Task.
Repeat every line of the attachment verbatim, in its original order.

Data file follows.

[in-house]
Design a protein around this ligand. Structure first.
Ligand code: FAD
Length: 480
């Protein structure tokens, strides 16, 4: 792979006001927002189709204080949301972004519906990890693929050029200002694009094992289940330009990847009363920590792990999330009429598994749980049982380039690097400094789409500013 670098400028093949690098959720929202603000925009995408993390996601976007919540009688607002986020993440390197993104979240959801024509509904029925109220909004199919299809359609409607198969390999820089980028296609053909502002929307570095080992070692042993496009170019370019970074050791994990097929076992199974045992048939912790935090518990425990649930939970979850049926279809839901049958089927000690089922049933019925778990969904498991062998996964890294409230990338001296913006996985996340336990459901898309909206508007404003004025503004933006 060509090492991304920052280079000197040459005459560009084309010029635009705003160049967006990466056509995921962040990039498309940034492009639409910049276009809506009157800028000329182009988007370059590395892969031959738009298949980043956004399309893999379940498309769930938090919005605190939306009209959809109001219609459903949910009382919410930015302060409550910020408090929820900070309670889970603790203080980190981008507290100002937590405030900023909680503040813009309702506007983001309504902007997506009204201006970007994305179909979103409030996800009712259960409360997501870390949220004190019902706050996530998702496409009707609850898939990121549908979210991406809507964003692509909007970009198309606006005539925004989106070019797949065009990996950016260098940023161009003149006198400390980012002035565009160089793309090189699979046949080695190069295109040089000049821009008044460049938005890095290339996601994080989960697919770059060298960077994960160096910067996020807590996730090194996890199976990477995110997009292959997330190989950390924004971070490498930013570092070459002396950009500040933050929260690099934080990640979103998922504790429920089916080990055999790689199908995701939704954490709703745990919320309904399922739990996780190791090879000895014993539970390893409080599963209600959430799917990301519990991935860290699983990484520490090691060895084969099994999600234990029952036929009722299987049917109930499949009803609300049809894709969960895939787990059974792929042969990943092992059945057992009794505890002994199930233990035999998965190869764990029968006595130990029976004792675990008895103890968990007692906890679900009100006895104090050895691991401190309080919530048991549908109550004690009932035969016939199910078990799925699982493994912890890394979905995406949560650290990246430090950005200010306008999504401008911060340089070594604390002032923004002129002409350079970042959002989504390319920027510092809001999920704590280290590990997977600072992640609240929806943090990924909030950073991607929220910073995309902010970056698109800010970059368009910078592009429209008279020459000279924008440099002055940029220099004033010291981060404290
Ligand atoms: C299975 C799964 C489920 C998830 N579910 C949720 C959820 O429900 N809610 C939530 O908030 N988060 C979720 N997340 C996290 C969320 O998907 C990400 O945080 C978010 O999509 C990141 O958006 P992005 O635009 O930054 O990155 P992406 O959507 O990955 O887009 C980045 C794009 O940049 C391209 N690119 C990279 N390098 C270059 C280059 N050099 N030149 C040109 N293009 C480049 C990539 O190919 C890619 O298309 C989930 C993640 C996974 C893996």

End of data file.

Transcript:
[in-house]
Design a protein around this ligand. Structure first.
Ligand code: FAD
Length: 480
């Protein structure tokens, strides 16, 4: 792979006001927002189709204080949301972004519906990890693929050029200002694009094992289940330009990847009363920590792990999330009429598994749980049982380039690097400094789409500013 670098400028093949690098959720929202603000925009995408993390996601976007919540009688607002986020993440390197993104979240959801024509509904029925109220909004199919299809359609409607198969390999820089980028296609053909502002929307570095080992070692042993496009170019370019970074050791994990097929076992199974045992048939912790935090518990425990649930939970979850049926279809839901049958089927000690089922049933019925778990969904498991062998996964890294409230990338001296913006996985996340336990459901898309909206508007404003004025503004933006 060509090492991304920052280079000197040459005459560009084309010029635009705003160049967006990466056509995921962040990039498309940034492009639409910049276009809506009157800028000329182009988007370059590395892969031959738009298949980043956004399309893999379940498309769930938090919005605190939306009209959809109001219609459903949910009382919410930015302060409550910020408090929820900070309670889970603790203080980190981008507290100002937590405030900023909680503040813009309702506007983001309504902007997506009204201006970007994305179909979103409030996800009712259960409360997501870390949220004190019902706050996530998702496409009707609850898939990121549908979210991406809507964003692509909007970009198309606006005539925004989106070019797949065009990996950016260098940023161009003149006198400390980012002035565009160089793309090189699979046949080695190069295109040089000049821009008044460049938005890095290339996601994080989960697919770059060298960077994960160096910067996020807590996730090194996890199976990477995110997009292959997330190989950390924004971070490498930013570092070459002396950009500040933050929260690099934080990640979103998922504790429920089916080990055999790689199908995701939704954490709703745990919320309904399922739990996780190791090879000895014993539970390893409080599963209600959430799917990301519990991935860290699983990484520490090691060895084969099994999600234990029952036929009722299987049917109930499949009803609300049809894709969960895939787990059974792929042969990943092992059945057992009794505890002994199930233990035999998965190869764990029968006595130990029976004792675990008895103890968990007692906890679900009100006895104090050895691991401190309080919530048991549908109550004690009932035969016939199910078990799925699982493994912890890394979905995406949560650290990246430090950005200010306008999504401008911060340089070594604390002032923004002129002409350079970042959002989504390319920027510092809001999920704590280290590990997977600072992640609240929806943090990924909030950073991607929220910073995309902010970056698109800010970059368009910078592009429209008279020459000279924008440099002055940029220099004033010291981060404290
Ligand atoms: C299975 C799964 C489920 C998830 N579910 C949720 C959820 O429900 N809610 C939530 O908030 N988060 C979720 N997340 C996290 C969320 O998907 C990400 O945080 C978010 O999509 C990141 O958006 P992005 O635009 O930054 O990155 P992406 O959507 O990955 O887009 C980045 C794009 O940049 C391209 N690119 C990279 N390098 C270059 C280059 N050099 N030149 C040109 N293009 C480049 C990539 O190919 C890619 O298309 C989930 C993640 C996974 C893996």